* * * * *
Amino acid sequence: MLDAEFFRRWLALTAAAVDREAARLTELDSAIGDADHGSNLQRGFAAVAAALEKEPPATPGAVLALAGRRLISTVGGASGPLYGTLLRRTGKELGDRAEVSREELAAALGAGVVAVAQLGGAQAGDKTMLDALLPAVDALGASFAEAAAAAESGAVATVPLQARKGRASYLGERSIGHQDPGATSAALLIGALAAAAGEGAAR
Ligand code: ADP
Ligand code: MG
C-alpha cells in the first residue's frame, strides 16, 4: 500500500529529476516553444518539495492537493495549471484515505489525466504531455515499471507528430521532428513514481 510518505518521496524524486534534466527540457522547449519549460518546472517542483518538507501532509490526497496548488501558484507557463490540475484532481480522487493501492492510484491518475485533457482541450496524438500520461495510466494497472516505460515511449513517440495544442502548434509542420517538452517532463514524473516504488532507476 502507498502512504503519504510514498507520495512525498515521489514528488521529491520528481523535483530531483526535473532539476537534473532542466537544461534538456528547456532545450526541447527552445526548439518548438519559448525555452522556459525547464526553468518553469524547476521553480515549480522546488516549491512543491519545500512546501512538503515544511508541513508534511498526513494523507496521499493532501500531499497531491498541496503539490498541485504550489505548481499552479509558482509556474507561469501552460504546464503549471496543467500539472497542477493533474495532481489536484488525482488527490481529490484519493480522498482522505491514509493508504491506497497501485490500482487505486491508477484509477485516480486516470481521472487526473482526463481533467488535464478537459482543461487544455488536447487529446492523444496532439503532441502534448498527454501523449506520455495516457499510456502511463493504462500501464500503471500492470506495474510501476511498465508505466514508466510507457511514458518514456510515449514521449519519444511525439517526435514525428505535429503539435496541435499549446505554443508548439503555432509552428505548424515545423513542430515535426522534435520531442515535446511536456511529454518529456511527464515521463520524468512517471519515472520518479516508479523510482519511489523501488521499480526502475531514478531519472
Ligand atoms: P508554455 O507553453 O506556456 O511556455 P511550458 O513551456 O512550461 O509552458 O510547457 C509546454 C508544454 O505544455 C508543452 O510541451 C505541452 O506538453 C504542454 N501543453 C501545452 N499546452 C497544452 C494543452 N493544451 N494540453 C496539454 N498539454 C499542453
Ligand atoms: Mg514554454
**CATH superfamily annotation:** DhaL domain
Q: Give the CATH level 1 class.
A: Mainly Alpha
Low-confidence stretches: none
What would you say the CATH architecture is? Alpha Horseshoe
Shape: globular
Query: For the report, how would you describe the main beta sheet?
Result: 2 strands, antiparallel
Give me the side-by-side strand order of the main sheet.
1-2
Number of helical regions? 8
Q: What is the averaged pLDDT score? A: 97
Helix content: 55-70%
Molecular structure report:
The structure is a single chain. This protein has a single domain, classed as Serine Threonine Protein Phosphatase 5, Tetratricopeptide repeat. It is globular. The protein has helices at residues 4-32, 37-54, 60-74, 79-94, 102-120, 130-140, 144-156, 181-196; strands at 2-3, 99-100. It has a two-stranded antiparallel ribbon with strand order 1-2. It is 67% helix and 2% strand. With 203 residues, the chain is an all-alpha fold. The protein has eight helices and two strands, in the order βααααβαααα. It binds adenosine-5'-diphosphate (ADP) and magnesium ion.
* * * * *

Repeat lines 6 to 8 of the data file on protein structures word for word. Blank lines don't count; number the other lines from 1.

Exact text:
Ligand atoms: Mg514554454
**CATH superfamily annotation:** DhaL domain
Q: Give the CATH level 1 class.